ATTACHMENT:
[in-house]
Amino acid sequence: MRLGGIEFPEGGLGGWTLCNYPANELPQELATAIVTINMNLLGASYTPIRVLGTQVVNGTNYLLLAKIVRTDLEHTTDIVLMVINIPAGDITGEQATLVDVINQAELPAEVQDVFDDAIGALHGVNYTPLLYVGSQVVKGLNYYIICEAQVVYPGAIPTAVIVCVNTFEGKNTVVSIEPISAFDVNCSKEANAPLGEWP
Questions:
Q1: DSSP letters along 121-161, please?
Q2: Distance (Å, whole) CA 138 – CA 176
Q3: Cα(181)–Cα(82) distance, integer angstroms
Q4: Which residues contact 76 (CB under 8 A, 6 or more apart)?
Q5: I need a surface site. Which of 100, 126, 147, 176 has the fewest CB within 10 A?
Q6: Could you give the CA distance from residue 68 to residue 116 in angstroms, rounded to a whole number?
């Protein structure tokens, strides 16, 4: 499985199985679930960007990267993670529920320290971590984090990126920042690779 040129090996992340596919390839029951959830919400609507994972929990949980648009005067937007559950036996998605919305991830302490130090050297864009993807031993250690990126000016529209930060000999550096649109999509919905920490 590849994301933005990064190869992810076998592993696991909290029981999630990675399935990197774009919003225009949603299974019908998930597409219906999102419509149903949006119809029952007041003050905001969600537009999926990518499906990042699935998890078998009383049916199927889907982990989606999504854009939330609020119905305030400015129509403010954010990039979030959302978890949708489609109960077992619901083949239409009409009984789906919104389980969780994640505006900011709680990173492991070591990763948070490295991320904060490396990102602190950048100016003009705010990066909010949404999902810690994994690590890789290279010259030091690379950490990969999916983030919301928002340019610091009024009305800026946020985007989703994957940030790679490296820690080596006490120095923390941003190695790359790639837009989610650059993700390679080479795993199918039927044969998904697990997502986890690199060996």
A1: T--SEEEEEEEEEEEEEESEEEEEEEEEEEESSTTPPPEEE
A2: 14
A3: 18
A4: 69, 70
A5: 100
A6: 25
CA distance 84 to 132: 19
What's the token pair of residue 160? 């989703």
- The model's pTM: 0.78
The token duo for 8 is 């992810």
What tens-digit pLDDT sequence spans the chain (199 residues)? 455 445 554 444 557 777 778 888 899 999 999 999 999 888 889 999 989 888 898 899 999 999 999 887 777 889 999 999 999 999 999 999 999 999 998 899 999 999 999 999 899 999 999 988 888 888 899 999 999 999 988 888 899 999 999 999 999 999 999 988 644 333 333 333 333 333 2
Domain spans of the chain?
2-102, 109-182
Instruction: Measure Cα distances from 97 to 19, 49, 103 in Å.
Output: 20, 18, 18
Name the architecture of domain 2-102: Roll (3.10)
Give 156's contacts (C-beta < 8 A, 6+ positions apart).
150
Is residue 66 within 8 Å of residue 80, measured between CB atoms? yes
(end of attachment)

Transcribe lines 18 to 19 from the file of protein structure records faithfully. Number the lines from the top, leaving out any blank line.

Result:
What's the token pair of residue 160? 């989703």
- The model's pTM: 0.78